Canada, U.S. sign FATCA tax deal; banks to share info with IRS


Canada and the United States have signed a tax deal under which Canadian banks will try to identify accounts held by American citizens and report them indirectly to the IRS, using the CRA as a go-between.

The arrangement solves a problem for the banks, which were caught between facing a punitive 30 per cent tax on their U.S. investments under the Foreign Account Tax Compliance Act if they didn’t sign on to the disclosure agreement, and potential breaches of Canadian privacy law if they dealt directly with the IRS.

It has been decried by dual citizens and Americans in Canada as a violation of privacy and a way for the IRS to keep tabs on people with no financial ties to the U.S.

READ: Why are so many American expats giving up citizenship? It’s a taxing issue

Finance Minister Jim Flaherty’s office announced the deal Wednesday. It takes effect July 1.

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Canada signed on relatively late: The corresponding U.S. deal with Britain was signed in late 2012.

Canada’s signature comes despite Flaherty’s past hostility to the legislation. In a 2011 letter, he wrote that “to rigidly impose FATCA on our citizens and financial institutions would not accomplish anything except waste resources on all sides.”

The number of U.S. citizens in Canada depends whom you ask: The U.S. State Department estimates that about a million Americans live here, while the 2006 census found about 300,000 people in Canada self-identifying as U.S. citizens. (The difference may be accounted for by Canadians who were born in the United States, or who have an American parent, but don’t consider themselves American.)

Canadians with green cards, even if they have left the United States, are also affected.

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READ: More than 3,100 Americans renounced citizenship last year

The deal exempts many common registered accounts such as RRSPs and tax-free savings accounts.

Under the agreement, banks must treat clients with “U.S. indicia,” like a U.S. birthplace, as American unless the client certifies that they’re not a U.S. citizen, prove they’re a citizen of another country and produce a U.S. Certificate of Loss of Nationality, or a “reasonable explanation” of why they don’t have one.

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“Information will flow both ways between the tax administrations of the two countries to assist each in administering its own domestic tax laws,” Finance Canada’s release says. “The information exchanged will provide tax authorities with greater information on accounts held by their taxpayers in the other country.”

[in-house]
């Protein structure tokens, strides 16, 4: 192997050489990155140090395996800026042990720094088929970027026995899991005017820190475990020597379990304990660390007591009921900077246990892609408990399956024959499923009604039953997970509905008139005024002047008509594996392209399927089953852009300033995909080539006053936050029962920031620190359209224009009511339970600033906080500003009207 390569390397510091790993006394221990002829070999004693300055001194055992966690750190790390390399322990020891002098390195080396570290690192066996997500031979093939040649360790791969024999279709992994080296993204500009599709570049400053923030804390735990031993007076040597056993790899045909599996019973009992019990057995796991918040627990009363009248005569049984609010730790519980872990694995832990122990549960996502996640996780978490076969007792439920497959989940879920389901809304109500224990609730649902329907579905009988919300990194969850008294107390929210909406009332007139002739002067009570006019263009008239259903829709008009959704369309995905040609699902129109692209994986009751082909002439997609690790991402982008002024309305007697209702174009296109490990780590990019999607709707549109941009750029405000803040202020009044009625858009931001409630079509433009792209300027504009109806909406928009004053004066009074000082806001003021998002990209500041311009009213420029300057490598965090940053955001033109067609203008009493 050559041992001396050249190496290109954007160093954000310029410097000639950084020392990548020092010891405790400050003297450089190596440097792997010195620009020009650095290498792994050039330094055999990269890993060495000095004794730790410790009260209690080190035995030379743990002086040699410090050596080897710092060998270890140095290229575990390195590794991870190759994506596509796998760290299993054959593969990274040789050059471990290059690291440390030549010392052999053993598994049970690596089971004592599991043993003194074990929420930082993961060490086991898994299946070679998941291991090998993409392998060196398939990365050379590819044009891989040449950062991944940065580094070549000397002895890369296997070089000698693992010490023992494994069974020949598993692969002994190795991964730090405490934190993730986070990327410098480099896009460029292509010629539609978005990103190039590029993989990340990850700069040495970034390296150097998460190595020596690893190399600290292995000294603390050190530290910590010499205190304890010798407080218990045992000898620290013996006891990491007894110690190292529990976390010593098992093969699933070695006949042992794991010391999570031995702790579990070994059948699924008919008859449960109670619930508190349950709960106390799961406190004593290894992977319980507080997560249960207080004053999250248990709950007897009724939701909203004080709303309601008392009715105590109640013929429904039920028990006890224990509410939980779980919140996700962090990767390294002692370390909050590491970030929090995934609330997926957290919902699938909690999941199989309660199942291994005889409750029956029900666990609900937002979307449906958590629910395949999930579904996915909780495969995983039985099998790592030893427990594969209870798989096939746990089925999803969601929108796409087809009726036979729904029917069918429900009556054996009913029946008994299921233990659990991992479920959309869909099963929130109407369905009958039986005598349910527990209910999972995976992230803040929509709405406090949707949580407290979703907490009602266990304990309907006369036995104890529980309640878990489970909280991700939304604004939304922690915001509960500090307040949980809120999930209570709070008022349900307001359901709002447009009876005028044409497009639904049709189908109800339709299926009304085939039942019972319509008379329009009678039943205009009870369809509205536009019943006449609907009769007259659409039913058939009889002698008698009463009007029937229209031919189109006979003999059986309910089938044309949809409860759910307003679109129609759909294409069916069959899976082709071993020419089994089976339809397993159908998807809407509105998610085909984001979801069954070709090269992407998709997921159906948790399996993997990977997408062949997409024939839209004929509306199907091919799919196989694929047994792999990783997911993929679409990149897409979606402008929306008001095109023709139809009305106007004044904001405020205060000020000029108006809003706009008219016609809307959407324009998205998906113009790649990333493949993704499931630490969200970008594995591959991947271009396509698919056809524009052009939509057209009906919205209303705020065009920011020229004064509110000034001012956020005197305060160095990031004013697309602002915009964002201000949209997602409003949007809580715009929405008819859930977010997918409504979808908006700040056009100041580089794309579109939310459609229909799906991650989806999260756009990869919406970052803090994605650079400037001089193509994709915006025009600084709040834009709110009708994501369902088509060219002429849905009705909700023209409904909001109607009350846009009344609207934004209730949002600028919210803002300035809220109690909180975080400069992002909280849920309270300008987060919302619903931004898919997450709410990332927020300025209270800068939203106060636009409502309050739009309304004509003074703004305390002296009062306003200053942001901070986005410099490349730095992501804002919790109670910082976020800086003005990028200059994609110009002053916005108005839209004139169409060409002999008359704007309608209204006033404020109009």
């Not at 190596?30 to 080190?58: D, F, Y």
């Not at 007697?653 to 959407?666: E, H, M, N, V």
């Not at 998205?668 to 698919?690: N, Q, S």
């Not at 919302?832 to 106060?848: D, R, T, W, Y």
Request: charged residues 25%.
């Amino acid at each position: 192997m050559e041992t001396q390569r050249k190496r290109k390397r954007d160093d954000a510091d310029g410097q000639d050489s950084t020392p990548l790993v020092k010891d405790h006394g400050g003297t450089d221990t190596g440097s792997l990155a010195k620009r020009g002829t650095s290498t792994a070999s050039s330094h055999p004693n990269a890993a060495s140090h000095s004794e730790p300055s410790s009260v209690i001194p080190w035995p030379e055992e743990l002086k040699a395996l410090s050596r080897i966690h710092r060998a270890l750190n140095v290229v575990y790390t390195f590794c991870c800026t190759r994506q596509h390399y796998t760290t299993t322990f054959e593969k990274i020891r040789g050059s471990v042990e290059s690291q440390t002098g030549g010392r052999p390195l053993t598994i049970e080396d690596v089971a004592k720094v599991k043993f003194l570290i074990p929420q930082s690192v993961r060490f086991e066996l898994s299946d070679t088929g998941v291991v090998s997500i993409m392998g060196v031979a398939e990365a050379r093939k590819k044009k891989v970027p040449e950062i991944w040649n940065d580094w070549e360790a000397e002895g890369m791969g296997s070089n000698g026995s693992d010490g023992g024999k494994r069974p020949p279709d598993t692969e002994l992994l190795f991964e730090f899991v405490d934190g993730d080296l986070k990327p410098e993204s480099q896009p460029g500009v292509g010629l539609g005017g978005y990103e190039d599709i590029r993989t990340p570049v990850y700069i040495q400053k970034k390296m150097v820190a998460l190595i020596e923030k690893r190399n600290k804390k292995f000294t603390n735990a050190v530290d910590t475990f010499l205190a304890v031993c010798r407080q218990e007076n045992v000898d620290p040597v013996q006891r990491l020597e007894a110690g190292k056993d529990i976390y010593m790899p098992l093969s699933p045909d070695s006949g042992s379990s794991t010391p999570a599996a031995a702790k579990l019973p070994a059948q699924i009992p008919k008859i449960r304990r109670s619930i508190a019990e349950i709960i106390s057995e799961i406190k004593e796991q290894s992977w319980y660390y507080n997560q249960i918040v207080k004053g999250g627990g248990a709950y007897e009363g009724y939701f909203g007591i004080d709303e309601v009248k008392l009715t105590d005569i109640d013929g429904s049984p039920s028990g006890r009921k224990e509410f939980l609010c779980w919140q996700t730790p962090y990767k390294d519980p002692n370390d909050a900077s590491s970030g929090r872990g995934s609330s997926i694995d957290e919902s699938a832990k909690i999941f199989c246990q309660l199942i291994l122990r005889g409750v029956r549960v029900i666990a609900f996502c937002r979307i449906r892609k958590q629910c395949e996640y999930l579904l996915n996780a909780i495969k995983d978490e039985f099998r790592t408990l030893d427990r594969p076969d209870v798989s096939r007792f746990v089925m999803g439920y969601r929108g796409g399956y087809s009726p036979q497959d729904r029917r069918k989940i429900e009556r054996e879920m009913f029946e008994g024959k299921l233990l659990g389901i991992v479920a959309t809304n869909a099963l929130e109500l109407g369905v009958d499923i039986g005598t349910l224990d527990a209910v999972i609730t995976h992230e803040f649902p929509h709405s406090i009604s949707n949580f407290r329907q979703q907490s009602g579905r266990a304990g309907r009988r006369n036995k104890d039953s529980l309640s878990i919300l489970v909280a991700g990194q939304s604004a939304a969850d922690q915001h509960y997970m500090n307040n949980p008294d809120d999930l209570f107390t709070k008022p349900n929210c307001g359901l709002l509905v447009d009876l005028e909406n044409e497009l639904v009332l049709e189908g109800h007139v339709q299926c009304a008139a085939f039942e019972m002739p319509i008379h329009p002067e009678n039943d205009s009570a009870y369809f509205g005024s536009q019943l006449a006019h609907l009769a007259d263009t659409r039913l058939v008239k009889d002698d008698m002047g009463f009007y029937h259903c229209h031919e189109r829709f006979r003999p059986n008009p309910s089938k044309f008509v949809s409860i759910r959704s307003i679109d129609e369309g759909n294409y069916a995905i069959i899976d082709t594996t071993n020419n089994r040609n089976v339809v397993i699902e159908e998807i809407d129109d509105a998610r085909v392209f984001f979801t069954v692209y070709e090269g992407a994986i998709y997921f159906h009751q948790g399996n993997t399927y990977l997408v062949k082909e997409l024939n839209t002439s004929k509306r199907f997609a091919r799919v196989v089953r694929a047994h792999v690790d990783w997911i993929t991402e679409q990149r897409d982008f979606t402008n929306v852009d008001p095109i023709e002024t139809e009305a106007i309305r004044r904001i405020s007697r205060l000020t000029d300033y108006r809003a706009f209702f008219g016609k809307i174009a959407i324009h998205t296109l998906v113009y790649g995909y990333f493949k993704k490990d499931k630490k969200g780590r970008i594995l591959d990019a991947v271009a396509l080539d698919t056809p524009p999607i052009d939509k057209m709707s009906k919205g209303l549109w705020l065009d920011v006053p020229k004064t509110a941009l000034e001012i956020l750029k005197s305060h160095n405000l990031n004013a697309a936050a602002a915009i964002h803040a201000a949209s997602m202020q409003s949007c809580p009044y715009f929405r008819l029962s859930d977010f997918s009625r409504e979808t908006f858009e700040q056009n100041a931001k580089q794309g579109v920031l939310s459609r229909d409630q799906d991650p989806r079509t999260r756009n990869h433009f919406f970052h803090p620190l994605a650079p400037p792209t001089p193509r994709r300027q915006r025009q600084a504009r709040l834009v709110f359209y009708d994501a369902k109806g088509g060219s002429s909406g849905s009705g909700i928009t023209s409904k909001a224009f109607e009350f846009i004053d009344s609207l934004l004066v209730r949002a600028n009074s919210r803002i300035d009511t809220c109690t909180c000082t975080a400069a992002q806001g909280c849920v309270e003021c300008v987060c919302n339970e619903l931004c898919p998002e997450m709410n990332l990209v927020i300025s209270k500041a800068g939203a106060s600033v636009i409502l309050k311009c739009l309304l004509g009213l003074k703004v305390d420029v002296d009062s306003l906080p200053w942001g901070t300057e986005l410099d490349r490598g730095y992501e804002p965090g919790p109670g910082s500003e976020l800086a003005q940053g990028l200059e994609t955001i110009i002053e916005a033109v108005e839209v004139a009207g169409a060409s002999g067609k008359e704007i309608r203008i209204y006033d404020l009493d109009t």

But since the two countries’ tax systems work differently – the United States requires citizens to file returns wherever they live in the world; Canada (and other Western countries) don’t – the agreement can’t be reciprocal, argues McGill University tax law professor Allison Christians.

“In order to share information with the United States, you have to agree to look for people who the United States considers to have U.S. status, even if they are citizens and residents of your own country. The United States will never do that for Canada, because we don’t tax people on the basis of status. That means that the United States would never have its banks go through and ask for indicia of Canadian status under Canadian law. They would never do what they’re asking Canada to do.”

How will FATCA interact with the Charter? The Canadian courts may get a chance to decide. Retired law professor Peter Hogg, an expert on the Charter of Rights, wrote in 2012 that an agreement would be “discriminatory in a way that would not withstand Charter scrutiny.”

But a legal response to Hogg’s letter, published in June of 2013, takes an opposite argument.

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FATCA’s vulnerability to Charter challenge is a liability for the Canadian banks, Christians observes: If the banks suddenly couldn’t comply with FATCA, punitive taxes on their U.S. investments would kick in.

“It’s the way the law is written,” she explains. “What would happen is a different question. But if you agree to be compliant, and if you’re not, at some time in the future, then you go back to having economic sanctions.”

In a release Wednesday, the Canadian Bankers Association called the agreement “the best approach under the circumstances.”

“While we understand that the U.S. government is attempting to address tax evasion, we have opposed how they are going about it with FATCA,” the release said. “Canada is not a tax haven and Americans do not move here to evade taxation.”

READ: Canada-U.S. FATCA agreement


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